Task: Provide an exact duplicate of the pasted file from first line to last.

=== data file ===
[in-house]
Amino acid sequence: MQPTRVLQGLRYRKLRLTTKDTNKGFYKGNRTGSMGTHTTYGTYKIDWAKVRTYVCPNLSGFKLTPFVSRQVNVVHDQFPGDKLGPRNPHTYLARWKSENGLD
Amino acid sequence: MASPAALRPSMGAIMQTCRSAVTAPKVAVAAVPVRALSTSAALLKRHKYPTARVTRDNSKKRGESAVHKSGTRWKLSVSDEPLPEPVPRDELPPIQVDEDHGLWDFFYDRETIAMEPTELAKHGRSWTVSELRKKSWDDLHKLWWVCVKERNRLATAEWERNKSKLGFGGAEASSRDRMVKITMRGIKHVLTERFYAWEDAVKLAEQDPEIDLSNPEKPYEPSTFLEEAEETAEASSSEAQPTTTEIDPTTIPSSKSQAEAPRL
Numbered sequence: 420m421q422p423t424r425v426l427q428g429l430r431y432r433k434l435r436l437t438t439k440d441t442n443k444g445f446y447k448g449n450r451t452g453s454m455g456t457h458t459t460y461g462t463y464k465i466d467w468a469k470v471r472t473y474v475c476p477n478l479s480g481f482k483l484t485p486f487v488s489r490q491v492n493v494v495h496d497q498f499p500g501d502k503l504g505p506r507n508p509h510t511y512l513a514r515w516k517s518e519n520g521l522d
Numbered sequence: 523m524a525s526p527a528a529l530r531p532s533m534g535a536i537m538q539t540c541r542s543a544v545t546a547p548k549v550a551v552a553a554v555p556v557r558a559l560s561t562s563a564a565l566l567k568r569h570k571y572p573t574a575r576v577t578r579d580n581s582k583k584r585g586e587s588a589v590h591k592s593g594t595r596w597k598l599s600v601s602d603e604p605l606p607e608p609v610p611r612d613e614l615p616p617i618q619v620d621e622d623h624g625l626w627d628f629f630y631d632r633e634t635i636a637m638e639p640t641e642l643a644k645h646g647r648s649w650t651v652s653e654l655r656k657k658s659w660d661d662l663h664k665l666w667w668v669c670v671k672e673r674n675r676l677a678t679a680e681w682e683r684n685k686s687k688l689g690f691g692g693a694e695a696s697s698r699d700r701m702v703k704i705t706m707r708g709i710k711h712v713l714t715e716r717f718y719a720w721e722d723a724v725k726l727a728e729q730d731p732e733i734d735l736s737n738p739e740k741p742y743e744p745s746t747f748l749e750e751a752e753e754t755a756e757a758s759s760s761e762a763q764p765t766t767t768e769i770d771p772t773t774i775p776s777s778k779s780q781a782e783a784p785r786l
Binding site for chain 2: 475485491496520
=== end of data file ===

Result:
[in-house]
Amino acid sequence: MQPTRVLQGLRYRKLRLTTKDTNKGFYKGNRTGSMGTHTTYGTYKIDWAKVRTYVCPNLSGFKLTPFVSRQVNVVHDQFPGDKLGPRNPHTYLARWKSENGLD
Amino acid sequence: MASPAALRPSMGAIMQTCRSAVTAPKVAVAAVPVRALSTSAALLKRHKYPTARVTRDNSKKRGESAVHKSGTRWKLSVSDEPLPEPVPRDELPPIQVDEDHGLWDFFYDRETIAMEPTELAKHGRSWTVSELRKKSWDDLHKLWWVCVKERNRLATAEWERNKSKLGFGGAEASSRDRMVKITMRGIKHVLTERFYAWEDAVKLAEQDPEIDLSNPEKPYEPSTFLEEAEETAEASSSEAQPTTTEIDPTTIPSSKSQAEAPRL
Numbered sequence: 420m421q422p423t424r425v426l427q428g429l430r431y432r433k434l435r436l437t438t439k440d441t442n443k444g445f446y447k448g449n450r451t452g453s454m455g456t457h458t459t460y461g462t463y464k465i466d467w468a469k470v471r472t473y474v475c476p477n478l479s480g481f482k483l484t485p486f487v488s489r490q491v492n493v494v495h496d497q498f499p500g501d502k503l504g505p506r507n508p509h510t511y512l513a514r515w516k517s518e519n520g521l522d
Numbered sequence: 523m524a525s526p527a528a529l530r531p532s533m534g535a536i537m538q539t540c541r542s543a544v545t546a547p548k549v550a551v552a553a554v555p556v557r558a559l560s561t562s563a564a565l566l567k568r569h570k571y572p573t574a575r576v577t578r579d580n581s582k583k584r585g586e587s588a589v590h591k592s593g594t595r596w597k598l599s600v601s602d603e604p605l606p607e608p609v610p611r612d613e614l615p616p617i618q619v620d621e622d623h624g625l626w627d628f629f630y631d632r633e634t635i636a637m638e639p640t641e642l643a644k645h646g647r648s649w650t651v652s653e654l655r656k657k658s659w660d661d662l663h664k665l666w667w668v669c670v671k672e673r674n675r676l677a678t679a680e681w682e683r684n685k686s687k688l689g690f691g692g693a694e695a696s697s698r699d700r701m702v703k704i705t706m707r708g709i710k711h712v713l714t715e716r717f718y719a720w721e722d723a724v725k726l727a728e729q730d731p732e733i734d735l736s737n738p739e740k741p742y743e744p745s746t747f748l749e750e751a752e753e754t755a756e757a758s759s760s761e762a763q764p765t766t767t768e769i770d771p772t773t774i775p776s777s778k779s780q781a782e783a784p785r786l
Binding site for chain 2: 475485491496520